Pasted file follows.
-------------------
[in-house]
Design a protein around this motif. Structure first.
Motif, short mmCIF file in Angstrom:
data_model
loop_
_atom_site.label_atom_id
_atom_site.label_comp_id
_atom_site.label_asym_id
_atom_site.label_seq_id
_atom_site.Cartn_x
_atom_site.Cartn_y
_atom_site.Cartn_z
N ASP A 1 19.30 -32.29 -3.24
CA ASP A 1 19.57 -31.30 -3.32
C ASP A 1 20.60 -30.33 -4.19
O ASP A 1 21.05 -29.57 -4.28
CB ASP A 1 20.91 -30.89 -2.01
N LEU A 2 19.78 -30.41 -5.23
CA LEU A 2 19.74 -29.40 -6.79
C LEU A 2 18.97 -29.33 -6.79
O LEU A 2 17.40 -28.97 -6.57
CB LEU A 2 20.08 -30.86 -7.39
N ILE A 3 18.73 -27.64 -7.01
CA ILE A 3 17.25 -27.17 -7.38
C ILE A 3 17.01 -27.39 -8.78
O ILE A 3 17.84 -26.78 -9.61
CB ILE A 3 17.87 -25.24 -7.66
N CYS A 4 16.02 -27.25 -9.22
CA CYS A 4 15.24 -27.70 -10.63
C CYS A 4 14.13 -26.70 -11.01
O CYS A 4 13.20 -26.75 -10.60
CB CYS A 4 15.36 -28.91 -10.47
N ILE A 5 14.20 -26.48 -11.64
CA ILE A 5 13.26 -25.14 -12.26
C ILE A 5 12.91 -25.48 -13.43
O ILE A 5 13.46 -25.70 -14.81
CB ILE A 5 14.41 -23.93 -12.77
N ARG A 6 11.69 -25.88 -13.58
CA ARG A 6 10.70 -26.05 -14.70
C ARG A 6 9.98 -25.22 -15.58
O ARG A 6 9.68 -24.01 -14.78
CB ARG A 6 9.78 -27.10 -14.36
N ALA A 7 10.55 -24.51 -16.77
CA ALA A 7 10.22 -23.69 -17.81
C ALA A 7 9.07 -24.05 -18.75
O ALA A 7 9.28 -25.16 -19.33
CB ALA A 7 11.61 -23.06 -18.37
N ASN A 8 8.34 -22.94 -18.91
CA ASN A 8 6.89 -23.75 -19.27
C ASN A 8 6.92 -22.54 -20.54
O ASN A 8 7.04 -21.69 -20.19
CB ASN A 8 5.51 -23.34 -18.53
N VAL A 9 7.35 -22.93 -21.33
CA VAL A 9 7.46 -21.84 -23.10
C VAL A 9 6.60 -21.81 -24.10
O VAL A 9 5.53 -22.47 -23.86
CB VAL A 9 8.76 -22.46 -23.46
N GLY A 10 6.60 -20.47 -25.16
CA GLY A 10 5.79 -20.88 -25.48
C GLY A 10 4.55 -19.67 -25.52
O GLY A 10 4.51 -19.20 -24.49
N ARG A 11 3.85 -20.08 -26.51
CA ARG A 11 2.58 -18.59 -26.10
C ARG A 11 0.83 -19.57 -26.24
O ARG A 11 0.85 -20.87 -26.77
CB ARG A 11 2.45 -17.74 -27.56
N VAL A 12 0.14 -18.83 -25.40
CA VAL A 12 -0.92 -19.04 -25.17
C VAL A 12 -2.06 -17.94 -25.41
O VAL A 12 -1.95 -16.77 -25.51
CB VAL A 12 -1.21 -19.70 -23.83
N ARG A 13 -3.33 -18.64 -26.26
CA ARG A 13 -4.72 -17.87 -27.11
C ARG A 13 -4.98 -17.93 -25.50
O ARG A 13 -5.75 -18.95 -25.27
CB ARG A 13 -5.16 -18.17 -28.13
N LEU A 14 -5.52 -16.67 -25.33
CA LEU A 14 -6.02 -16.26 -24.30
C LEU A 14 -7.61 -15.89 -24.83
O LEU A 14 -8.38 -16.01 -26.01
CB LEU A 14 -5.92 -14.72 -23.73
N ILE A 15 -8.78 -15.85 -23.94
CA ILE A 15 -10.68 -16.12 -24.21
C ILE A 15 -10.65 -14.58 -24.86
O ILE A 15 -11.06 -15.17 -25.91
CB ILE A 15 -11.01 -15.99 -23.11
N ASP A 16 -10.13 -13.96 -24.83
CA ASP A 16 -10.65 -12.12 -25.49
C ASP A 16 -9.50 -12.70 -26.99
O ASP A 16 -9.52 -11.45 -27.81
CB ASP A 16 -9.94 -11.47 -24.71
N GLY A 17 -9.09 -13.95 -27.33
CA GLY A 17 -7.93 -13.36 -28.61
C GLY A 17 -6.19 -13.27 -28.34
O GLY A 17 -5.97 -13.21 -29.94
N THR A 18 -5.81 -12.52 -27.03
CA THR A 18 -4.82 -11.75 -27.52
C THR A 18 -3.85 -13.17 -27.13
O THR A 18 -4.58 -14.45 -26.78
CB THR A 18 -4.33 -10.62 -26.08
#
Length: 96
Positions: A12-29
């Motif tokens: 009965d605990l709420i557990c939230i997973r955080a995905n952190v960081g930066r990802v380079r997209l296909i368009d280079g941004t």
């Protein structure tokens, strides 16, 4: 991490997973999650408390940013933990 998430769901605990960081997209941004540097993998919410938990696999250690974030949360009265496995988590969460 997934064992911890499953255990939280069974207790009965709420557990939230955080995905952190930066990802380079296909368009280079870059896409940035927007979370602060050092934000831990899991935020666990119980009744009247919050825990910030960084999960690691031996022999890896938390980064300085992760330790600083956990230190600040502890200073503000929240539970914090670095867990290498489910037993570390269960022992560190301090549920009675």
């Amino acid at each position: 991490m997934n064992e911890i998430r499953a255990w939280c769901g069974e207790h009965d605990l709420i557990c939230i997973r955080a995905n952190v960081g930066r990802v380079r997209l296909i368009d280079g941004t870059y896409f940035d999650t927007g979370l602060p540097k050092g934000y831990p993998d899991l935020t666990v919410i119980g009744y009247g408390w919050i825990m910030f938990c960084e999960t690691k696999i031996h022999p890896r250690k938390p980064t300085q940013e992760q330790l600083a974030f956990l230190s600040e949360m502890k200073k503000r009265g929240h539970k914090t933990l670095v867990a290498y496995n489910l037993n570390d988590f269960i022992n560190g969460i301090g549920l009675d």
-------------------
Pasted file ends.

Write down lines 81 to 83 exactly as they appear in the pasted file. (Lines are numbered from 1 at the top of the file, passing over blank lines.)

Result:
CB LEU A 14 -5.92 -14.72 -23.73
N ILE A 15 -8.78 -15.85 -23.94
CA ILE A 15 -10.68 -16.12 -24.21